Although it would be naive to think that the tide is turning, it’s heartening to see a few wins against government attempts to formalise and extend surveillance of their populations. The passage of the USA Freedom Act, however flawed and limited it may be, is one example. The various rulings against the UK government are another. While rightly celebrating these, it’s easy to overlook other battles being fought elsewhere, perhaps not so high profile, but just as important. Here’s one that has been fought for over a year in Paraguay, and which recently concluded in a victory, as the EFF reports:
On Thursday morning, the Paraguayan Senate defeated a mandatory data retention bill that would have compelled local ISPs to retain communications and location details of every user for a period of 12 months.
Paraguayan Internet users called the bill “Pyrawebs,” alluding to the digital version of pyragües, informers who monitored the civilian population’s movements, meetings, political preferences, religious beliefs, and more on behalf of dictator Alfredo Stroessner, who ruled between 1954 and 1989.
The EFF post links to a fascinating interview with Maricarmen Sequera, the director and founder of TEDIC (Technology, Education, Development, Investigation and Communications), which describes itself as:
an NGO that develops open technology and defends digital rights for free culture on the Internet.
Along with Amnesty Paraguay, TEDIC played a pivotal role in defeating the data retention bill. In the interview, Sequera was asked what advice she had for other groups facing similar battles:
With these kinds of campaigns against mass surveillance, it is difficult to generate resonance on the issue without causing fear that paralyzes people and discourages them from getting involved. Drawing on the Paraguayan notion of ‘pyrague’ and giving it a modern (even comical) touch by adding “webs” helped give new life to a difficult subject, and also simplified it and made it intelligible to “non-techies”.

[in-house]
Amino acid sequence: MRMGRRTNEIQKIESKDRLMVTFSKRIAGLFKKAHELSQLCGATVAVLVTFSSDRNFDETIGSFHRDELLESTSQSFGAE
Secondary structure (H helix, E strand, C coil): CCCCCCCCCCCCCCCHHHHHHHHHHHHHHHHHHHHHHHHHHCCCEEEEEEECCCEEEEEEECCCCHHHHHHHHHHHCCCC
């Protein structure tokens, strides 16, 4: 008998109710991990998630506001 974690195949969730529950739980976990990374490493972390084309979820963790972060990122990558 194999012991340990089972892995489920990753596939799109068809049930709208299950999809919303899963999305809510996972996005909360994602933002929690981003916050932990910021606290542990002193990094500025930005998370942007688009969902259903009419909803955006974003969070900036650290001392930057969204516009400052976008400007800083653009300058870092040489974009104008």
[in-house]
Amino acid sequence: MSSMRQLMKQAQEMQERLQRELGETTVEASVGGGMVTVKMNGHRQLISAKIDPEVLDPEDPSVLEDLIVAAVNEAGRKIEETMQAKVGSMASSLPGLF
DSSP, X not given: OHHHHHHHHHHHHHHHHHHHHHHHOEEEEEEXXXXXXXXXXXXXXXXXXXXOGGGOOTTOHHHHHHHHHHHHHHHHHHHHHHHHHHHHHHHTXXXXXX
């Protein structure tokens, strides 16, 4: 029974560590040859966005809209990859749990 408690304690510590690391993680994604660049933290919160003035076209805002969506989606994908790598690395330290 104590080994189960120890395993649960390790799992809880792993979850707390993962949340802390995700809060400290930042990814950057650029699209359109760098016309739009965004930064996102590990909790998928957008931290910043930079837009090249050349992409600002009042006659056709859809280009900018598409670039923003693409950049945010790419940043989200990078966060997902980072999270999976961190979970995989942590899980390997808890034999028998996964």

Another piece of advice could be to place the same amount of importance on community media as on the national press and radio. In the end, the community is who will promote grassroots action — and this kind of action is always one of a campaign’s goals. Additionally, getting international coverage will help to demonstrate the importance of the issue.
As well as community media, social media played its part too:
One of the most successful initiatives was the Twitter handle #Pyrawebs, which allowed us to send Twitter messages to every deputy in the Chamber, and call for them to reject the bill.
That hashtag served as a handy rallying-cry during the crucial last phase of the campaign:
#Pyrawebs trended for four days in Paraguay. On the day of the vote, seven million Twitter users worldwide were talking about it (more than the population of Paraguay).
Although it’s often said that Twitter in general, and hashtags in particular, never change anything, it’s seems likely that seven million people tweeting about #Pyrawebs made an important contribution to the final result. Another great thing about creating a memorable hashtag is that it can be wheeled out again, at a moment’s notice. Unfortunately, that might well be necessary. As the EFF post points out:
the supporters of the bill may try to sneak it in again in the future. We will all need to stay tuned and help to fight any such move. The supporters of mass surveillance will try again, but if we stay united our fundamental rights will remain intact.